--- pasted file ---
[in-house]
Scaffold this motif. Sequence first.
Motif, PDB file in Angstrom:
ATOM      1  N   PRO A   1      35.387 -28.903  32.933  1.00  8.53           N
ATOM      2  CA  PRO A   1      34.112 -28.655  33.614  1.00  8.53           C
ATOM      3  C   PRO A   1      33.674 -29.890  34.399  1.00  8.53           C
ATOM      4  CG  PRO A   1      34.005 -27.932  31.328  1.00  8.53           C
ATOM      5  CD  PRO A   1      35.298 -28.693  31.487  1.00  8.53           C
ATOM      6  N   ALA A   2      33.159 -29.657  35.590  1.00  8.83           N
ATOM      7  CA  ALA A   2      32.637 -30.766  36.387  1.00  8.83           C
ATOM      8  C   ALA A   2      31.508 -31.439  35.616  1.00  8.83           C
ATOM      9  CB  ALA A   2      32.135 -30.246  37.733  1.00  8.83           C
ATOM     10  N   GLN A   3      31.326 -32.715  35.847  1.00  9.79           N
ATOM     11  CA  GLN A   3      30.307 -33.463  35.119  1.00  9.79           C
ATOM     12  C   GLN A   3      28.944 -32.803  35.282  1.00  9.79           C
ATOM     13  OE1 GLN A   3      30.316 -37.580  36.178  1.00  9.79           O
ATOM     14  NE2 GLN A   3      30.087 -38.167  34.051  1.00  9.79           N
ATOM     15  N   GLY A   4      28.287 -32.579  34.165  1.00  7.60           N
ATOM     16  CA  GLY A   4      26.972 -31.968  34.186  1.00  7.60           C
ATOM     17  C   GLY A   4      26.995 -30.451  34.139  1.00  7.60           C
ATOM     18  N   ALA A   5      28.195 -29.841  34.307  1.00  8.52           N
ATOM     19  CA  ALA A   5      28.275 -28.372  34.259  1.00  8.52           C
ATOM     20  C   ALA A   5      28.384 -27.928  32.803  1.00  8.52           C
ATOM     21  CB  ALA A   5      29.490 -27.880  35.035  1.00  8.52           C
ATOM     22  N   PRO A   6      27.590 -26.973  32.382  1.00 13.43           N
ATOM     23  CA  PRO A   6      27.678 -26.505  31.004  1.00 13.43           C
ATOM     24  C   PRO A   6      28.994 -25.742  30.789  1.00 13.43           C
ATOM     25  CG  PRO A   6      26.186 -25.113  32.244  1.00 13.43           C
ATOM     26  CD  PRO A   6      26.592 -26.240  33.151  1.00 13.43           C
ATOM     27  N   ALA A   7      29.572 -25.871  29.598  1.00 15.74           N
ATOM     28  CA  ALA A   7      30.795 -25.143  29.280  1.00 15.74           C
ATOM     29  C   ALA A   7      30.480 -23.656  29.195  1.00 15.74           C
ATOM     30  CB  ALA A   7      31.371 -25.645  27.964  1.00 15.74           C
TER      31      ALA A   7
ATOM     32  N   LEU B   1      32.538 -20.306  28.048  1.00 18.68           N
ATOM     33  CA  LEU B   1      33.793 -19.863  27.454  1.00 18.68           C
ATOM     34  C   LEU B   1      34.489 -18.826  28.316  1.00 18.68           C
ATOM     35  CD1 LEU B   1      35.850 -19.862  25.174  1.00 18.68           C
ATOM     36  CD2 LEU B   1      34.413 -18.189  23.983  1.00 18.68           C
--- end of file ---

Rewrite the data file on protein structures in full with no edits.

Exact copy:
[in-house]
Scaffold this motif. Sequence first.
Motif, PDB file in Angstrom:
ATOM      1  N   PRO A   1      35.387 -28.903  32.933  1.00  8.53           N
ATOM      2  CA  PRO A   1      34.112 -28.655  33.614  1.00  8.53           C
ATOM      3  C   PRO A   1      33.674 -29.890  34.399  1.00  8.53           C
ATOM      4  CG  PRO A   1      34.005 -27.932  31.328  1.00  8.53           C
ATOM      5  CD  PRO A   1      35.298 -28.693  31.487  1.00  8.53           C
ATOM      6  N   ALA A   2      33.159 -29.657  35.590  1.00  8.83           N
ATOM      7  CA  ALA A   2      32.637 -30.766  36.387  1.00  8.83           C
ATOM      8  C   ALA A   2      31.508 -31.439  35.616  1.00  8.83           C
ATOM      9  CB  ALA A   2      32.135 -30.246  37.733  1.00  8.83           C
ATOM     10  N   GLN A   3      31.326 -32.715  35.847  1.00  9.79           N
ATOM     11  CA  GLN A   3      30.307 -33.463  35.119  1.00  9.79           C
ATOM     12  C   GLN A   3      28.944 -32.803  35.282  1.00  9.79           C
ATOM     13  OE1 GLN A   3      30.316 -37.580  36.178  1.00  9.79           O
ATOM     14  NE2 GLN A   3      30.087 -38.167  34.051  1.00  9.79           N
ATOM     15  N   GLY A   4      28.287 -32.579  34.165  1.00  7.60           N
ATOM     16  CA  GLY A   4      26.972 -31.968  34.186  1.00  7.60           C
ATOM     17  C   GLY A   4      26.995 -30.451  34.139  1.00  7.60           C
ATOM     18  N   ALA A   5      28.195 -29.841  34.307  1.00  8.52           N
ATOM     19  CA  ALA A   5      28.275 -28.372  34.259  1.00  8.52           C
ATOM     20  C   ALA A   5      28.384 -27.928  32.803  1.00  8.52           C
ATOM     21  CB  ALA A   5      29.490 -27.880  35.035  1.00  8.52           C
ATOM     22  N   PRO A   6      27.590 -26.973  32.382  1.00 13.43           N
ATOM     23  CA  PRO A   6      27.678 -26.505  31.004  1.00 13.43           C
ATOM     24  C   PRO A   6      28.994 -25.742  30.789  1.00 13.43           C
ATOM     25  CG  PRO A   6      26.186 -25.113  32.244  1.00 13.43           C
ATOM     26  CD  PRO A   6      26.592 -26.240  33.151  1.00 13.43           C
ATOM     27  N   ALA A   7      29.572 -25.871  29.598  1.00 15.74           N
ATOM     28  CA  ALA A   7      30.795 -25.143  29.280  1.00 15.74           C
ATOM     29  C   ALA A   7      30.480 -23.656  29.195  1.00 15.74           C
ATOM     30  CB  ALA A   7      31.371 -25.645  27.964  1.00 15.74           C
TER      31      ALA A   7
ATOM     32  N   LEU B   1      32.538 -20.306  28.048  1.00 18.68           N
ATOM     33  CA  LEU B   1      33.793 -19.863  27.454  1.00 18.68           C
ATOM     34  C   LEU B   1      34.489 -18.826  28.316  1.00 18.68           C
ATOM     35  CD1 LEU B   1      35.850 -19.862  25.174  1.00 18.68           C
ATOM     36  CD2 LEU B   1      34.413 -18.189  23.983  1.00 18.68           C